Sun Kil Moon in The National Concert Hall, Dublin, on August 6th 2015

Tonight is surely the first time over its illustrious tenure that a performer has equated the National Concert Hall with something akin to House of 1000 Corpses (“nobody talks, nobody responds”). Mark Kozelek isn’t one to kow-tow to sacred cows, nor is he one to shy away from speaking what’s on his mind. Aside from releasing one of 2014’s most astonishing albums in ‘Benji’, his path has been fraught with controversy – an enduring, comical and highly publicised feud with Philly rockers The War On Drugs; Pitchfork-baiting; calling a female journalist a bitch onstage; telling an audience of “fuckin’ hillbillies” in North Carolina to “shut the fuck up”. In a Sun Kil Moon crowd you’re damned if you do, damned if you don’t. That’s why Kozelek’s gigs are so much fun.

Red and green amplifier power lights float in the foreground of the stage décor’s starlight effect, a serendipitous focusing of attention on the shadow players onstage; an untethered Kozelek, and his three solid compadres filling the void. Darkness persists as the musicians begin Hey You Bastards I’m Still Here, with Kozelek sitting on high at the balcony organ with his back to the band and crowd for much of the set’s first two numbers. It’s as if that’s the way he’s going to stay for the duration, and it would likely surprise none if this had transpired given the prickliness of the man. Kozelek is too much of a gregarious host for that though.

You sound so fucking bored” he chastises the crowd after an invitation to echo his vocal on Carissa, but next time around they get it, invoking Steve Collins and Shaun MacGowan – “or whatever that weird looking fucker’s called” – in their delivery. Carissa’s lyrics are ad-libbed to address an incessant Sun Kil Moon gig conundrum – the ratio of guys to girls in the audience (“Holy shit, twenty fucking dudes in a row!”) Some nearby empty seats in the room hurt his feelings, he says, and four lads take up Kozelek’s invitation to fill them to a rebuke of “Get some fucking girlfriends.” His sardonic “God, I’m gonna fucking kill myself” to the testosterone fest precedes He Always Felt Like Dancing, a reminder that Kozelek’s onstage manner often masks some deeply affecting themes.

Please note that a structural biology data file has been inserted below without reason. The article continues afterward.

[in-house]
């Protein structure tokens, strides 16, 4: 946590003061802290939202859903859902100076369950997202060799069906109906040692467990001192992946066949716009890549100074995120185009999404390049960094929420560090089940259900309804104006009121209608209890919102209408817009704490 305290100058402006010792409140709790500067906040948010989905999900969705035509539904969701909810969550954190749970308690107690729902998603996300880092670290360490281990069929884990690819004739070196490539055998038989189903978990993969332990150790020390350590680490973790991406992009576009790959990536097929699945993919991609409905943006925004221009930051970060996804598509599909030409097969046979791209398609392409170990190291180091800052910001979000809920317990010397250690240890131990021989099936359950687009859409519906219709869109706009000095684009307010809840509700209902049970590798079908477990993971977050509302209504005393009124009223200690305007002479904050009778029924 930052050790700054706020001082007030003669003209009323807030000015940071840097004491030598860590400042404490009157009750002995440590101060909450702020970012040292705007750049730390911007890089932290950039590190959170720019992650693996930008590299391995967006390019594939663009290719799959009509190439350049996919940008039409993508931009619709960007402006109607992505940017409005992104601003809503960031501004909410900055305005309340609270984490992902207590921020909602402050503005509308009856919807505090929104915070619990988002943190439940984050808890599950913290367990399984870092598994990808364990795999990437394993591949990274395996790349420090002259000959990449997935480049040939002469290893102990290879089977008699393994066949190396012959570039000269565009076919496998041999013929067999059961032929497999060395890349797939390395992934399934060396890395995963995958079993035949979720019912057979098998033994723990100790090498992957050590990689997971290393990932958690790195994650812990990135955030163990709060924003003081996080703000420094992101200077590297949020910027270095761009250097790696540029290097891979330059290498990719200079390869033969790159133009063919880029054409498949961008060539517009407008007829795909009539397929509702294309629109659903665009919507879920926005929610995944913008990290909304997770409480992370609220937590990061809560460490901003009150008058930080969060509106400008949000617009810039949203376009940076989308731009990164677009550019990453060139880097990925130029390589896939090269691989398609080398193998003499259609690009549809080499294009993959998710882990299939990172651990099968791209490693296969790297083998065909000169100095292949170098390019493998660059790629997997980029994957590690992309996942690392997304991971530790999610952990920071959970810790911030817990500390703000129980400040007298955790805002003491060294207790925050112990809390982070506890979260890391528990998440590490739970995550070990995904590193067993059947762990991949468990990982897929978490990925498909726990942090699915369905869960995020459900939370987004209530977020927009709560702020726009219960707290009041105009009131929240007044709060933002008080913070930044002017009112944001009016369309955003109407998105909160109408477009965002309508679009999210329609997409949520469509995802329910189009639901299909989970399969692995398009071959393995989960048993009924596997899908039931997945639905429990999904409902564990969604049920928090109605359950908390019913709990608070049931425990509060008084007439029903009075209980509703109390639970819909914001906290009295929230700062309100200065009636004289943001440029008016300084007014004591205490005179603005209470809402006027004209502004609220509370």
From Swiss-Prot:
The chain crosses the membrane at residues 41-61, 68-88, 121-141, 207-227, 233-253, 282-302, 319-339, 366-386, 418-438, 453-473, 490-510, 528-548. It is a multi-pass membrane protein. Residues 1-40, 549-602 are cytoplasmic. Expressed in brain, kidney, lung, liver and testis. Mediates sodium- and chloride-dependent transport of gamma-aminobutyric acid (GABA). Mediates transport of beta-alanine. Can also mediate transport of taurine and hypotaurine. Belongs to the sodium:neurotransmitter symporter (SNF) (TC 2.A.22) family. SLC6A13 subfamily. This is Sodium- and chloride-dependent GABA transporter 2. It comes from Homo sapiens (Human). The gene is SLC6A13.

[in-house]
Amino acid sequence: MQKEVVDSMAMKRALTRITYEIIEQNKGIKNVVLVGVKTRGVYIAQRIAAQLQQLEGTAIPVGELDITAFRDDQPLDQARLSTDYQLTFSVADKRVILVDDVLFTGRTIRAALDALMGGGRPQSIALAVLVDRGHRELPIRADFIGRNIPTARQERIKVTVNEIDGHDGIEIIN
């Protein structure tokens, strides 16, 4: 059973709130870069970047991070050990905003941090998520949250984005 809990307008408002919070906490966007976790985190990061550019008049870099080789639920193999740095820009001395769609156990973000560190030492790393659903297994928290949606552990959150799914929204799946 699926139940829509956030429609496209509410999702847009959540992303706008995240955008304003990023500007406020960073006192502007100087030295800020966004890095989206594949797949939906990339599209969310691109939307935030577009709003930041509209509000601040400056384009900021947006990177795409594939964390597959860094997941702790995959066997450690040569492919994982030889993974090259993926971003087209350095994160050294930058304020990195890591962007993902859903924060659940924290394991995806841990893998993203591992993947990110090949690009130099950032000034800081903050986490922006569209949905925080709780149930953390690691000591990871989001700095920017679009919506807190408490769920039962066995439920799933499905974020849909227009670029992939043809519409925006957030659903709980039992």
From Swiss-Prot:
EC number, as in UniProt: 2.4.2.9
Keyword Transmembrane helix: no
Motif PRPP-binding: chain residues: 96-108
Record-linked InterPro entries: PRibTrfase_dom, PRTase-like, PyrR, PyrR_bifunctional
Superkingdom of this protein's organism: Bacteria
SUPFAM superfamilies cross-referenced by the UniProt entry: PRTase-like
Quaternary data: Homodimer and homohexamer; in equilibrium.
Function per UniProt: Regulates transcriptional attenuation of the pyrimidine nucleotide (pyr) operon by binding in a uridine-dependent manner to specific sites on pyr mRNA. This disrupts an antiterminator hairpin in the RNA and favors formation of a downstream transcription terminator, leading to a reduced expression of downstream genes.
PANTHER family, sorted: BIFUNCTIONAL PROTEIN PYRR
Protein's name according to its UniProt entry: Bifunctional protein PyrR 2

Songs from his latest, ‘Universal Themes’, take a harder edge than the older tracks, with Kozelek donning electric guitar for The Possum, and the band on this occasion seem a much tighter unit than the last Dublin visit. There couldn’t have been a sounder reference to that previous outing – The Button Factory in December of 2014 – than to bring that night’s unsung hero back onstage for a reunion. Jake the Drummer, plucked from the audience to accompany the band during that wintry selection, is greeted like an old buddy. When his benefactor enquires about his favourite band, the reply leads to Kozelek coaching the players in Tiny Cities Made of Ashes, one of the songs from an album’s worth of Modest Mouse covers he released in 2005. Even the surly one has to acknowledge the Three Blind Mice joke his guitarist chides him with as he figures out the three note motif on the keyboard for them to follow.

With all Kozelek’s joking onstage, and human traffic on the piss/pint trajectory that busies the aisles during the set, it is the more settled encore that seems the most cohesive part of the show. “Go on, ya good thing!” a female voice calls to a confused Kozelek, until the phrase is broken down to its basic definition: “You’re great, like”. Thin Lizzy’s Jailbreak then is rowdy; Carry Me Ohio is apparently under-practised but not noticeably so, and a final UK Blues is a just a joy. Tonight’s House of 1000 Dudes no doubt held a general consensus: it was great, like.